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Nigeria: Neglect of Financial Services Dooms Ministry of Trade to Failure

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The Ministry of Trade and Investment along with the Nigerian Export Promotion Council recently announced 13 non-oil export products that Nigeria should develop to pull the nation out of its reliance on the exportation of crude oil which amounts for over 70% of its exports. Crude oil has tumbled to record lows due to decline in global demand and a massive increase in oil-production from fracking in North America. The dynamic is causing Nigeria's foreign reserves to decline rapidly, putting increased strain on the Naira and Nigerian capital markets. To diversify Nigeria has sought to promote its mining potential as well as other commodities in agriculture and small-scale manufactured goods and downstream petroleum products as opposed to exporting raw crude oil. (SEE: Noticeably missing from all of this was the service sector, in particular financial services. Compared to its size, Nigeria is far from being a leader in Africa with respect to financial services and asset management. Typically when institutional and individual investors want to invest capital with Africa-focused asset management groups they look toward western-based firms or companies registered in South Africa or Mauritius. Despite this, increasing financial service asset managers in Nigeria by a small number can single handedly make up for the loss of foreign exchange the country currently has due to collapsing oil prices, while at the same time invest in agriculture, mining, small-scale industry, downstream oil production, and SMEs. By ignoring the massive deficit Nigeria has in financial services as the single most important export product that Nigeria needs right now, the Ministry of Trade, and the Nigerian Export Promotion Council are doomed to fail in their effort to quickly shift Nigeria away from its reliance on crude oil exports.

In addition, Nigerian development finance institutions (DFIs), that work in concert with the Ministry of Trade and Investment, are all ignoring the paramount importance of promoting financial services as an major export product. The Nigerian-Export Import Bank, the Bank of Industry, the agriculture and housing government backed DFI lenders, as well as the sovereign wealth fund all ignore financial service providers and make no attempt whatsoever to promote their utility as vehicles for small-scale and institutional foreign-direct-investors to access privately held investment opportunities in Nigeria. By so doing, Nigeria remains relatively closed-off to small-scale global capital investors who are hungry for high-growth investments in frontier economies but are not able to source capital into private investments without a financial service provider. Both the Ministry of Trade, the DFIs in Nigeria have the capacity to much more to shift Nigeria from its reliance on oil exports, if they galvanized their efforts and made a strategic partnership with financial services exporters to promote and establish more firms in Nigeria. Many of the few financial service exporters operating in Nigeria are actually Mauritius registered companies and not Nigerian. So long as these obstacles remain, Nigerian industry will remain starved of global capital investors that would be open to investing in them in there were enough financial service providers exporting their services to assist them in sourcing capital investment. The lack of understanding among DFI's and current administrators in Ministry of Trade and Finance to this dynamic is staggering.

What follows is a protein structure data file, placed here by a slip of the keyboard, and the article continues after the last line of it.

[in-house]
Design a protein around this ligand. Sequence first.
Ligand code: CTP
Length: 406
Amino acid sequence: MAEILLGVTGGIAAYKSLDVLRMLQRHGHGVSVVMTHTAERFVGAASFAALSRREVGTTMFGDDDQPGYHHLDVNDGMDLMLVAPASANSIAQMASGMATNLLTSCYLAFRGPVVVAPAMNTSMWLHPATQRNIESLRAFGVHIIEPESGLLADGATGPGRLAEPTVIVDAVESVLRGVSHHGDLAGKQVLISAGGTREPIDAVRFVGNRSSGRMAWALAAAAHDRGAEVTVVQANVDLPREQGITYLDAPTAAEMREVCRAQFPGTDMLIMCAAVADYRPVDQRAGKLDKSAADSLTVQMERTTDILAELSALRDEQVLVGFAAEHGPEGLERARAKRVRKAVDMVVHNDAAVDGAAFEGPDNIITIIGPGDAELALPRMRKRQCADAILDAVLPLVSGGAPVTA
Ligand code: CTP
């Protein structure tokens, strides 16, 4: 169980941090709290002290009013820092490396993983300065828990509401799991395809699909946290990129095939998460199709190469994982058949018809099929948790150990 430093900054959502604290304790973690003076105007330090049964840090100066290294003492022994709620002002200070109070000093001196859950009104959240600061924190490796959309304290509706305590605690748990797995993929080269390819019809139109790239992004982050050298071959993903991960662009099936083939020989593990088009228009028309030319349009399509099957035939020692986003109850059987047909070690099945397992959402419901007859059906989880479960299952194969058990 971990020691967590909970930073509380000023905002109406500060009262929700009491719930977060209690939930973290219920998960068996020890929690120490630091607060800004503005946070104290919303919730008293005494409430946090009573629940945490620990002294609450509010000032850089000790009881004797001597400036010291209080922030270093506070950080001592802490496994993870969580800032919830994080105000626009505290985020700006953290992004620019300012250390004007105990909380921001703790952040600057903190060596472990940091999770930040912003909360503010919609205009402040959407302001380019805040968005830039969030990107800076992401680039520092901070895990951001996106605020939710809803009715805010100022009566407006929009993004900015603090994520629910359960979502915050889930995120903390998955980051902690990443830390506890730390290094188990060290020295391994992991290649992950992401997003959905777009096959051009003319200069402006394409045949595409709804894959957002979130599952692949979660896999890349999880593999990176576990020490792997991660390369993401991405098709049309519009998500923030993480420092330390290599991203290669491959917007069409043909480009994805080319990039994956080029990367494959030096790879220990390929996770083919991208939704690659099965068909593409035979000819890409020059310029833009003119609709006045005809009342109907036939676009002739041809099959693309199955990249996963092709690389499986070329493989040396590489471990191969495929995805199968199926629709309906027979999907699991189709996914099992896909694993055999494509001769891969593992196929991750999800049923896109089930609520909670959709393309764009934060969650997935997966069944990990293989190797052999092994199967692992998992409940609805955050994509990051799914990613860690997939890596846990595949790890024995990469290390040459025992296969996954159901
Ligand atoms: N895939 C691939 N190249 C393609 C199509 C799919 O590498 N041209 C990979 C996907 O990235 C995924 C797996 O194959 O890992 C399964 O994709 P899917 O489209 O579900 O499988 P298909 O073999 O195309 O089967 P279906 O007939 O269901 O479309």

Moving forward, as Nigeria seeks to quickly rebound from its slumping economic performance since the collapse of oil prices, bolder more insightful steps are required to build Nigerian financial service and investment management exporters in order to promote and facilitate global capital investment in Nigerian industry, agriculture, mining, and SMEs. While the DFIs and the Ministry of Trade are fully equipped high-performance vehicles, their current drivers seem satisfied with cruising in first gear even in the face of worsening economic conditions. Their continued neglect and failure to recognize the paramount importance of financial service exporters in attracting FDI from global capital investors may leave them spinning their wheels while their counterparts in other parts of the continent and the rest of the developing world are moving their economies forward and diversifying their export portfolios.

Kuranga and Associates Limited is an investment management advisory firm and an asset manager with a principle practice area of Africa. To learn more about Kuranga and Associates go to © Copyright 2014 David Kuranga. All rights reserved. This material may not be published, broadcast, rewritten or redistributed.

David O. Kuranga; Ph.D.
Managing Director
Kuranga & Associates Limited
Phone: 212.363.0936
[email protected]

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Articles by David O. Kuranga, Ph.D.